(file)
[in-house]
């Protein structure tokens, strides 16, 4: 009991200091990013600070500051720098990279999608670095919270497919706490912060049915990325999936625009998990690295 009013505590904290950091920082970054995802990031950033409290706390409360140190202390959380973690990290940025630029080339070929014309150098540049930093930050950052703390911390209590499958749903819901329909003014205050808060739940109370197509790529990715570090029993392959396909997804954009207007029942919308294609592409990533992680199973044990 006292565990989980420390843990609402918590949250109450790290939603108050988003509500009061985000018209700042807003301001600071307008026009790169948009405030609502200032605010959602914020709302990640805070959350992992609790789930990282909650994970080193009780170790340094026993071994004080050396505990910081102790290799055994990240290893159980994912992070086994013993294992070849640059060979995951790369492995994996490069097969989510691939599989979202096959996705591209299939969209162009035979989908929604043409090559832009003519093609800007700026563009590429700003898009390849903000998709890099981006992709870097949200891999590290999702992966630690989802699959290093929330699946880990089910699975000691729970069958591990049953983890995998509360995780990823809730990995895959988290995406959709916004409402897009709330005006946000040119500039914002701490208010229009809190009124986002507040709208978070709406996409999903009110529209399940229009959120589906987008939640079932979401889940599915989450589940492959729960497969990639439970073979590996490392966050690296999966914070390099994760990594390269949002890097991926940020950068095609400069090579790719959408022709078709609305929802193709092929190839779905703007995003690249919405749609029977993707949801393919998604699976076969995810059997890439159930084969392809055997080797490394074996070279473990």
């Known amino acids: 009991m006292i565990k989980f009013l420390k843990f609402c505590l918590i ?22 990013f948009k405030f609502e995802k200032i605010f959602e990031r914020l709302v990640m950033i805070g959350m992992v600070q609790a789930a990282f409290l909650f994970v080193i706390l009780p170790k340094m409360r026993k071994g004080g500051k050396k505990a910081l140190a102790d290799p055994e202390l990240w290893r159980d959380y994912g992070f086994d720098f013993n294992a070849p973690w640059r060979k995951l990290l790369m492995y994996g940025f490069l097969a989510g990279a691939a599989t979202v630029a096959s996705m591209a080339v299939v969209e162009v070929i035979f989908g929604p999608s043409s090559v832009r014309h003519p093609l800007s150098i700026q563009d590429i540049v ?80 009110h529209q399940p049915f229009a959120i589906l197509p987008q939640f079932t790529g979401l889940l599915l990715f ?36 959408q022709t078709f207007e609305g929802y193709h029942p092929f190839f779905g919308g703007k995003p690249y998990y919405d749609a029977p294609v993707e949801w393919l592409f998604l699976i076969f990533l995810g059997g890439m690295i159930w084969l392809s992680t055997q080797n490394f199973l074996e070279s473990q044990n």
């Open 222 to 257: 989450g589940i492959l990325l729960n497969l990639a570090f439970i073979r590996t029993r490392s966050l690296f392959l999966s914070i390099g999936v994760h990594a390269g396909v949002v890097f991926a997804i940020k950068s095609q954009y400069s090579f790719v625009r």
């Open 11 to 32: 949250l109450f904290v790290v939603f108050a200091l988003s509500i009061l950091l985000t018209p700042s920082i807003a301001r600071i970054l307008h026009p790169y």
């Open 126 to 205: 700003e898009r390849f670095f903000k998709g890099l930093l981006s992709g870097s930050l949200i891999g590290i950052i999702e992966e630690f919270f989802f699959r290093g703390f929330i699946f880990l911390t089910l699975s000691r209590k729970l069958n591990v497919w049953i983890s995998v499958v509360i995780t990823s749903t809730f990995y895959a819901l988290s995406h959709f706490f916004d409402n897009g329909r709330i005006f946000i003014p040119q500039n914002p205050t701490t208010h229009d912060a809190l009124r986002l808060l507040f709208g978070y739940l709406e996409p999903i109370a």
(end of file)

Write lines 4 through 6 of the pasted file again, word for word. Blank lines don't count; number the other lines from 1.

């Open 222 to 257: 989450g589940i492959l990325l729960n497969l990639a570090f439970i073979r590996t029993r490392s966050l690296f392959l999966s914070i390099g999936v994760h990594a390269g396909v949002v890097f991926a997804i940020k950068s095609q954009y400069s090579f790719v625009r």
């Open 11 to 32: 949250l109450f904290v790290v939603f108050a200091l988003s509500i009061l950091l985000t018209p700042s920082i807003a301001r600071i970054l307008h026009p790169y």
């Open 126 to 205: 700003e898009r390849f670095f903000k998709g890099l930093l981006s992709g870097s930050l949200i891999g590290i950052i999702e992966e630690f919270f989802f699959r290093g703390f929330i699946f880990l911390t089910l699975s000691r209590k729970l069958n591990v497919w049953i983890s995998v499958v509360i995780t990823s749903t809730f990995y895959a819901l988290s995406h959709f706490f916004d409402n897009g329909r709330i005006f946000i003014p040119q500039n914002p205050t701490t208010h229009d912060a809190l009124r986002l808060l507040f709208g978070y739940l709406e996409p999903i109370a």